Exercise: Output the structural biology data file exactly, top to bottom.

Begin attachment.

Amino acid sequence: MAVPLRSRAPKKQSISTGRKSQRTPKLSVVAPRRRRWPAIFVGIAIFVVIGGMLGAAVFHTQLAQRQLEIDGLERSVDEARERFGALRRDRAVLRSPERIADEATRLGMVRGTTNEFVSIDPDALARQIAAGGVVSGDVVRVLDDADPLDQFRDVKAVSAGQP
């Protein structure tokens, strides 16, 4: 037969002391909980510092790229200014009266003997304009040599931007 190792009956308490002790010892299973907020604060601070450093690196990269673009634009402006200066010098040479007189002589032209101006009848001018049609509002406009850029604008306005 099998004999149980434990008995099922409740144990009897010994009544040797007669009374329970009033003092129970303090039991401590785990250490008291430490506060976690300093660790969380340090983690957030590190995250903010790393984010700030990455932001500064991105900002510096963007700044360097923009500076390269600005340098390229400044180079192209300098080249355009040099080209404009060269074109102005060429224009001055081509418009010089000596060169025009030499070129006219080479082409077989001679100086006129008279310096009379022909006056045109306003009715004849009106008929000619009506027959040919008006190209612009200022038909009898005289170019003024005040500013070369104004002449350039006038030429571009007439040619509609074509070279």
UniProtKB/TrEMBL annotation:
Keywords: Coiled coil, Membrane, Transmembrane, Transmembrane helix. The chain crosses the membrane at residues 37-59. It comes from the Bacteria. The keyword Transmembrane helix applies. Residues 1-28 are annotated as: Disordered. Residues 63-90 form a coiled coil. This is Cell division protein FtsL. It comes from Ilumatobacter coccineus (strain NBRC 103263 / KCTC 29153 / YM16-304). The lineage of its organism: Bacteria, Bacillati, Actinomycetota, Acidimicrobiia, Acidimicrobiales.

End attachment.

Amino acid sequence: MAVPLRSRAPKKQSISTGRKSQRTPKLSVVAPRRRRWPAIFVGIAIFVVIGGMLGAAVFHTQLAQRQLEIDGLERSVDEARERFGALRRDRAVLRSPERIADEATRLGMVRGTTNEFVSIDPDALARQIAAGGVVSGDVVRVLDDADPLDQFRDVKAVSAGQP
């Protein structure tokens, strides 16, 4: 037969002391909980510092790229200014009266003997304009040599931007 190792009956308490002790010892299973907020604060601070450093690196990269673009634009402006200066010098040479007189002589032209101006009848001018049609509002406009850029604008306005 099998004999149980434990008995099922409740144990009897010994009544040797007669009374329970009033003092129970303090039991401590785990250490008291430490506060976690300093660790969380340090983690957030590190995250903010790393984010700030990455932001500064991105900002510096963007700044360097923009500076390269600005340098390229400044180079192209300098080249355009040099080209404009060269074109102005060429224009001055081509418009010089000596060169025009030499070129006219080479082409077989001679100086006129008279310096009379022909006056045109306003009715004849009106008929000619009506027959040919008006190209612009200022038909009898005289170019003024005040500013070369104004002449350039006038030429571009007439040619509609074509070279």
UniProtKB/TrEMBL annotation:
Keywords: Coiled coil, Membrane, Transmembrane, Transmembrane helix. The chain crosses the membrane at residues 37-59. It comes from the Bacteria. The keyword Transmembrane helix applies. Residues 1-28 are annotated as: Disordered. Residues 63-90 form a coiled coil. This is Cell division protein FtsL. It comes from Ilumatobacter coccineus (strain NBRC 103263 / KCTC 29153 / YM16-304). The lineage of its organism: Bacteria, Bacillati, Actinomycetota, Acidimicrobiia, Acidimicrobiales.